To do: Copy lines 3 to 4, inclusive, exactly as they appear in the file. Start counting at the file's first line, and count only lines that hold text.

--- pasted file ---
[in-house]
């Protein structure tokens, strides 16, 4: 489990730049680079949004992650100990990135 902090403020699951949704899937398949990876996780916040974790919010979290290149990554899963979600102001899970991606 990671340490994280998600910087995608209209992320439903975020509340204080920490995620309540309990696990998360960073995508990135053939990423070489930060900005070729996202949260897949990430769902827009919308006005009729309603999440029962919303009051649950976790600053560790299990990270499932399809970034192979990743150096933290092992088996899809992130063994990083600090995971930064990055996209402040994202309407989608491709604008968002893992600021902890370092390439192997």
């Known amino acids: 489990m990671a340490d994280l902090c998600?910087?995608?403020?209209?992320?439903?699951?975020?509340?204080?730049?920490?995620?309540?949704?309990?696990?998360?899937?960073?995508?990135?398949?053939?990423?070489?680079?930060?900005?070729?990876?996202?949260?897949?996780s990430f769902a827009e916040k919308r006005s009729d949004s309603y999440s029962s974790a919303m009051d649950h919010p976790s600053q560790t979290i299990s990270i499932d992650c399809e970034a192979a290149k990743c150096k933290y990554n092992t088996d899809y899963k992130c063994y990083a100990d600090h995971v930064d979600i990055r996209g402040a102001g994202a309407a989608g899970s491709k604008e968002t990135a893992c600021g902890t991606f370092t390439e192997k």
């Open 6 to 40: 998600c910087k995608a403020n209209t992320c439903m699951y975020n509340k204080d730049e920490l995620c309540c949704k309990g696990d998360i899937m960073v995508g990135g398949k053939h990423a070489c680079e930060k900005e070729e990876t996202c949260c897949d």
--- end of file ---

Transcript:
């Known amino acids: 489990m990671a340490d994280l902090c998600?910087?995608?403020?209209?992320?439903?699951?975020?509340?204080?730049?920490?995620?309540?949704?309990?696990?998360?899937?960073?995508?990135?398949?053939?990423?070489?680079?930060?900005?070729?990876?996202?949260?897949?996780s990430f769902a827009e916040k919308r006005s009729d949004s309603y999440s029962s974790a919303m009051d649950h919010p976790s600053q560790t979290i299990s990270i499932d992650c399809e970034a192979a290149k990743c150096k933290y990554n092992t088996d899809y899963k992130c063994y990083a100990d600090h995971v930064d979600i990055r996209g402040a102001g994202a309407a989608g899970s491709k604008e968002t990135a893992c600021g902890t991606f370092t390439e192997k």
């Open 6 to 40: 998600c910087k995608a403020n209209t992320c439903m699951y975020n509340k204080d730049e920490l995620c309540c949704k309990g696990d998360i899937m960073v995508g990135g398949k053939h990423a070489c680079e930060k900005e070729e990876t996202c949260c897949d």